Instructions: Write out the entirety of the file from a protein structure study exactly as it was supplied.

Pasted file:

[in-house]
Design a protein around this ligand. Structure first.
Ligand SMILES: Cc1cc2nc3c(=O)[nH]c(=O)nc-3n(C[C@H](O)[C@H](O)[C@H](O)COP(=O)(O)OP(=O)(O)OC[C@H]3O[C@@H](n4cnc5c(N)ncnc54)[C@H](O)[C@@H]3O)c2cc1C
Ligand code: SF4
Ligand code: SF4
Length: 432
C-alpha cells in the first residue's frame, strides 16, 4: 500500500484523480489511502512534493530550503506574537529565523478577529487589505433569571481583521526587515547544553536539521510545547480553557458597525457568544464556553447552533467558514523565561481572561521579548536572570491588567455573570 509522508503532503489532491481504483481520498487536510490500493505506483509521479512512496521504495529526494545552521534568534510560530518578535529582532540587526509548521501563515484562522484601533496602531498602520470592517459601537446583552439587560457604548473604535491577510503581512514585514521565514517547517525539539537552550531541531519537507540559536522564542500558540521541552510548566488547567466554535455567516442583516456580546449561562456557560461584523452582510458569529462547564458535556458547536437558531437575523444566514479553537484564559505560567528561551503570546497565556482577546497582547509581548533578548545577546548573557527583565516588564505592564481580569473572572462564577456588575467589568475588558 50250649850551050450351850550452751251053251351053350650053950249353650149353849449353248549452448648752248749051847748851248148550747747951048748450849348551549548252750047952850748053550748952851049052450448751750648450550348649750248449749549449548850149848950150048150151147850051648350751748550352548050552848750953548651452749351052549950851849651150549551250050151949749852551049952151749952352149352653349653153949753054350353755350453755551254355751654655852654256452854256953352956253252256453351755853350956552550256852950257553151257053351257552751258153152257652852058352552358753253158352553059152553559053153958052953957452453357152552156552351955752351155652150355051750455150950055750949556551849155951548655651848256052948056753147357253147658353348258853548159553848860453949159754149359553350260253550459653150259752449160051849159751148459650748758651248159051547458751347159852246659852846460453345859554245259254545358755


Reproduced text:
[in-house]
Design a protein around this ligand. Structure first.
Ligand SMILES: Cc1cc2nc3c(=O)[nH]c(=O)nc-3n(C[C@H](O)[C@H](O)[C@H](O)COP(=O)(O)OP(=O)(O)OC[C@H]3O[C@@H](n4cnc5c(N)ncnc54)[C@H](O)[C@@H]3O)c2cc1C
Ligand code: SF4
Ligand code: SF4
Length: 432
C-alpha cells in the first residue's frame, strides 16, 4: 500500500484523480489511502512534493530550503506574537529565523478577529487589505433569571481583521526587515547544553536539521510545547480553557458597525457568544464556553447552533467558514523565561481572561521579548536572570491588567455573570 509522508503532503489532491481504483481520498487536510490500493505506483509521479512512496521504495529526494545552521534568534510560530518578535529582532540587526509548521501563515484562522484601533496602531498602520470592517459601537446583552439587560457604548473604535491577510503581512514585514521565514517547517525539539537552550531541531519537507540559536522564542500558540521541552510548566488547567466554535455567516442583516456580546449561562456557560461584523452582510458569529462547564458535556458547536437558531437575523444566514479553537484564559505560567528561551503570546497565556482577546497582547509581548533578548545577546548573557527583565516588564505592564481580569473572572462564577456588575467589568475588558 50250649850551050450351850550452751251053251351053350650053950249353650149353849449353248549452448648752248749051847748851248148550747747951048748450849348551549548252750047952850748053550748952851049052450448751750648450550348649750248449749549449548850149848950150048150151147850051648350751748550352548050552848750953548651452749351052549950851849651150549551250050151949749852551049952151749952352149352653349653153949753054350353755350453755551254355751654655852654256452854256953352956253252256453351755853350956552550256852950257553151257053351257552751258153152257652852058352552358753253158352553059152553559053153958052953957452453357152552156552351955752351155652150355051750455150950055750949556551849155951548655651848256052948056753147357253147658353348258853548159553848860453949159754149359553350260253550459653150259752449160051849159751148459650748758651248159051547458751347159852246659852846460453345859554245259254545358755